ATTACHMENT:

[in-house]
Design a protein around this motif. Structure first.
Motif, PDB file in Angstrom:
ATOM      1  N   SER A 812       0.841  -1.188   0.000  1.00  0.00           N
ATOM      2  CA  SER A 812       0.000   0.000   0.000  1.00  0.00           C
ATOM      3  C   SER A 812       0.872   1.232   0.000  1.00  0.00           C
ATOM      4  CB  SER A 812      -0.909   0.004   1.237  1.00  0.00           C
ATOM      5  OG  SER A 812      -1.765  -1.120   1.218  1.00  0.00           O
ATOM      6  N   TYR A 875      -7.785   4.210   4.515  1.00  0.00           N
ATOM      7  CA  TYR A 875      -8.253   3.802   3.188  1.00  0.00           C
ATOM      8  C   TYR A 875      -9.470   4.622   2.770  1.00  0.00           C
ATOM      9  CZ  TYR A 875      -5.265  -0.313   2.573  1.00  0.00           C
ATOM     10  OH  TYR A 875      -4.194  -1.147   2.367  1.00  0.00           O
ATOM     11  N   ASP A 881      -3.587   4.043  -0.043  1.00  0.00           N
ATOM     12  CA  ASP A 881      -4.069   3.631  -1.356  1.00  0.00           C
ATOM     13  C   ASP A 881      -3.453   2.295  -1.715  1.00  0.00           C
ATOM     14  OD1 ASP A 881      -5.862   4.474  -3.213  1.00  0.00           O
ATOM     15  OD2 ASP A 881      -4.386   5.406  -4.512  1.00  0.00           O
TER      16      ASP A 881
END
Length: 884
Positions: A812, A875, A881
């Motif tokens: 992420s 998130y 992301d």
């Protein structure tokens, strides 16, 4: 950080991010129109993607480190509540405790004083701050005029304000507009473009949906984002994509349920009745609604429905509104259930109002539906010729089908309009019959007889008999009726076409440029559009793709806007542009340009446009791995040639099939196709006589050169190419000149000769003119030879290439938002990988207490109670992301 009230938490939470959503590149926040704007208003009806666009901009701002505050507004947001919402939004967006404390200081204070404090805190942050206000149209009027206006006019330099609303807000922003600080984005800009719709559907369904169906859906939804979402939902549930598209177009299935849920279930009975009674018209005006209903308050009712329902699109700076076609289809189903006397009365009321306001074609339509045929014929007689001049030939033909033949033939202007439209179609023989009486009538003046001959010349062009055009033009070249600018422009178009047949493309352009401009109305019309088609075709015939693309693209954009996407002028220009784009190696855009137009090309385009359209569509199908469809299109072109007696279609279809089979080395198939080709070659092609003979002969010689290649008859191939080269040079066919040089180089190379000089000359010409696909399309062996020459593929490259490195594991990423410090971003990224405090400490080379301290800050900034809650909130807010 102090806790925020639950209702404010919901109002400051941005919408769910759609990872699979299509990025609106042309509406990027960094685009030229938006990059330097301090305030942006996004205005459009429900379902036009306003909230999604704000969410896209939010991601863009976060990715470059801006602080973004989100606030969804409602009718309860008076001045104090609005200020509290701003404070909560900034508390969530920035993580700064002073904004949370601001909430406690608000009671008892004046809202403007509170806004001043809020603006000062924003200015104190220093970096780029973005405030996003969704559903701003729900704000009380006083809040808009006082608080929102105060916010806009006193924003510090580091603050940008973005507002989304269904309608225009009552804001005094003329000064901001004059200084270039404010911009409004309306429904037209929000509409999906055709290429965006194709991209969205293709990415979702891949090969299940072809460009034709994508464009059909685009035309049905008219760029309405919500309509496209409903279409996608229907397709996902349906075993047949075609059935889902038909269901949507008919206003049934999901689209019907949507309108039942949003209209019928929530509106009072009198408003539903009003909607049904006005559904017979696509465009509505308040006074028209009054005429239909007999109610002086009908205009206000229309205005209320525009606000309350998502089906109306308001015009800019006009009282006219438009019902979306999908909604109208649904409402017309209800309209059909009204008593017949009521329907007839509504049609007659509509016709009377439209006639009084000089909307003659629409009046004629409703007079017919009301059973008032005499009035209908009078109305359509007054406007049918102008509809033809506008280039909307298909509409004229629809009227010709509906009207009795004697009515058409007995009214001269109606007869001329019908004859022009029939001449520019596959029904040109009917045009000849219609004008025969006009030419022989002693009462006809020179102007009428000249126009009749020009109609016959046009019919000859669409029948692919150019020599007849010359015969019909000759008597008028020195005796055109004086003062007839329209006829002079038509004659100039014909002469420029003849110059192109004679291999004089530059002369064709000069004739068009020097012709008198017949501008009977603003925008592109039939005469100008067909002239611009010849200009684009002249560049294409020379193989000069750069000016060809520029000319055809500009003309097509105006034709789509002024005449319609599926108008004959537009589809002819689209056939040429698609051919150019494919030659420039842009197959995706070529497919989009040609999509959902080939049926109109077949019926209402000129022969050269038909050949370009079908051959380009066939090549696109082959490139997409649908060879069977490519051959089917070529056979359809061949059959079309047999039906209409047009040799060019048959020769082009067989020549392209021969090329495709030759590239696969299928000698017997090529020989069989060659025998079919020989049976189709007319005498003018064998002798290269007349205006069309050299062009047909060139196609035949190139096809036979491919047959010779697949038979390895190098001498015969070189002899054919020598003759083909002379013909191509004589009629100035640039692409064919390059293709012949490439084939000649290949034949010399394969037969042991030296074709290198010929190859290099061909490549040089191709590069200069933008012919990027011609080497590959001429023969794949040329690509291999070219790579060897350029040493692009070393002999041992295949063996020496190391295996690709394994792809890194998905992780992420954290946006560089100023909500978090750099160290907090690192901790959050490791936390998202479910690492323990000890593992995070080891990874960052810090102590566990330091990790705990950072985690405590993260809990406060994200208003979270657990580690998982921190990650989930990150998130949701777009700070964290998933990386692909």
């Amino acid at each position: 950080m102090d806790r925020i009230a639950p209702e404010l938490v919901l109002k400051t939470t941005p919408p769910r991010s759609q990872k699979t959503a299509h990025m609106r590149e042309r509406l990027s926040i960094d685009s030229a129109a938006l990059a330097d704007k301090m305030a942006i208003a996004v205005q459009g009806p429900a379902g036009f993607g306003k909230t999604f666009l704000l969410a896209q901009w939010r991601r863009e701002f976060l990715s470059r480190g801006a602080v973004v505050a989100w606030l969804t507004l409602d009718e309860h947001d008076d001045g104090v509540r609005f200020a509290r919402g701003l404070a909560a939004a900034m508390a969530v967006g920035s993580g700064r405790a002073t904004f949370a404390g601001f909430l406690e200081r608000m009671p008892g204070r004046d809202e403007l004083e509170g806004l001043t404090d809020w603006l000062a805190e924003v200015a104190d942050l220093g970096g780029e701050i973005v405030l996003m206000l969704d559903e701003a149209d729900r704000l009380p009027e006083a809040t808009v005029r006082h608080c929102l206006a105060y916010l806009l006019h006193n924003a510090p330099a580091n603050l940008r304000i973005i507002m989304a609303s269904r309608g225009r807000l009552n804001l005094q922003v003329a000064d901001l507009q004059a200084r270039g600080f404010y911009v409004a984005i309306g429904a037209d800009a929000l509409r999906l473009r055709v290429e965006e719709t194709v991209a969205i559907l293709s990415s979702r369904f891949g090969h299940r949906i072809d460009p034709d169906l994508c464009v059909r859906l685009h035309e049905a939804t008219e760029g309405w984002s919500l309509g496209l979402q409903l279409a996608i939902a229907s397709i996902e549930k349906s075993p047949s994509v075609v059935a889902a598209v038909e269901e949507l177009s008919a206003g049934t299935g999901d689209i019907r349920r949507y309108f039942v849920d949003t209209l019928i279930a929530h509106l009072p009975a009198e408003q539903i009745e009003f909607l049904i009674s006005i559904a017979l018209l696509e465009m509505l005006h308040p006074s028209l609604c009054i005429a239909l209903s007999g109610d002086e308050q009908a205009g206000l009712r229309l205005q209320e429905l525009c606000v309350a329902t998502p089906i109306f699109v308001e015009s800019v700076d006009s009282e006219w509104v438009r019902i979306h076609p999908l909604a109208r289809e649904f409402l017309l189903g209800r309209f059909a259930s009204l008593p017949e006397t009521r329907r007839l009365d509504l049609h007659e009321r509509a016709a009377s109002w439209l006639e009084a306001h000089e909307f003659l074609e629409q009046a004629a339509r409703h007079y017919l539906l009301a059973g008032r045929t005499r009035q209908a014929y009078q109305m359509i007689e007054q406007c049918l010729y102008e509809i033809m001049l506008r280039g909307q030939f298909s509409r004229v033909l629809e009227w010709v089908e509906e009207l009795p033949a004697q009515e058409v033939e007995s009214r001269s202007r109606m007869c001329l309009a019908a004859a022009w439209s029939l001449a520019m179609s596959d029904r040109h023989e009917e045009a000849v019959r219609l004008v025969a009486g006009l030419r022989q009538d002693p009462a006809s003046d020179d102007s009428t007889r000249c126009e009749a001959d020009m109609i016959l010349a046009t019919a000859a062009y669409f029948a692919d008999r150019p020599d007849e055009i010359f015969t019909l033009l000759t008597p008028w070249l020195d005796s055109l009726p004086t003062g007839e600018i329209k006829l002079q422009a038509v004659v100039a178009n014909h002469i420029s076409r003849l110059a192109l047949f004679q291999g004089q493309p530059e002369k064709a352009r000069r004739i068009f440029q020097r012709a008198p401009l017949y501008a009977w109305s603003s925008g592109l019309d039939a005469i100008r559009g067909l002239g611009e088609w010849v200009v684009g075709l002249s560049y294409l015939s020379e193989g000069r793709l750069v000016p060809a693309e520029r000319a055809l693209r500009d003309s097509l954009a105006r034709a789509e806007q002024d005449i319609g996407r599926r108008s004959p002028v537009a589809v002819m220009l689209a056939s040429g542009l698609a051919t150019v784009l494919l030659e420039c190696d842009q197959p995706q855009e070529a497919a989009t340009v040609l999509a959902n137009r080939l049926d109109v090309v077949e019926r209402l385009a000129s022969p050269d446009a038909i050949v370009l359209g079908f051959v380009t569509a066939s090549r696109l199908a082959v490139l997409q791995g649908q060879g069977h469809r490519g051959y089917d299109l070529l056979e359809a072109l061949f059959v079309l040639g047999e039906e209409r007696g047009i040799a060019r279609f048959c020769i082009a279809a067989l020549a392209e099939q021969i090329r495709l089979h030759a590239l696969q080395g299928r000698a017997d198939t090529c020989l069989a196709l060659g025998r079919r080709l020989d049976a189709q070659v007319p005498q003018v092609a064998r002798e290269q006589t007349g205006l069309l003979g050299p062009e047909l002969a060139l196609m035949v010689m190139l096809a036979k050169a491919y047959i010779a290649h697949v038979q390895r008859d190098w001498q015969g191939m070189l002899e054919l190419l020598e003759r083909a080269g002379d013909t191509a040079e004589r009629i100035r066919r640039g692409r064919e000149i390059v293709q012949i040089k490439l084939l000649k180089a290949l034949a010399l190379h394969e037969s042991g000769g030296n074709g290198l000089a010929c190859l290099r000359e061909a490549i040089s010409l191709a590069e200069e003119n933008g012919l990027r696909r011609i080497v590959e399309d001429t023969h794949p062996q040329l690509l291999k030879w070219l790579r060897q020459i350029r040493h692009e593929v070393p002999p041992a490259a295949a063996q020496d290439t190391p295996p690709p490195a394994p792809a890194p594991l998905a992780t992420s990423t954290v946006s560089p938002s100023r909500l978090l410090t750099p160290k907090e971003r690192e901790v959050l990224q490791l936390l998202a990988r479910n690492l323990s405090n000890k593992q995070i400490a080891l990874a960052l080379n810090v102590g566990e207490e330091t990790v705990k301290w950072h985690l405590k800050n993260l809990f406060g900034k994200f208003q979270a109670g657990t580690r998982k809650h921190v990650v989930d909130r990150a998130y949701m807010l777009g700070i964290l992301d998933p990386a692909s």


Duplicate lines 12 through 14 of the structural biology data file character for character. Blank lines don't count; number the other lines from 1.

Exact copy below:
ATOM      9  CZ  TYR A 875      -5.265  -0.313   2.573  1.00  0.00           C
ATOM     10  OH  TYR A 875      -4.194  -1.147   2.367  1.00  0.00           O
ATOM     11  N   ASP A 881      -3.587   4.043  -0.043  1.00  0.00           N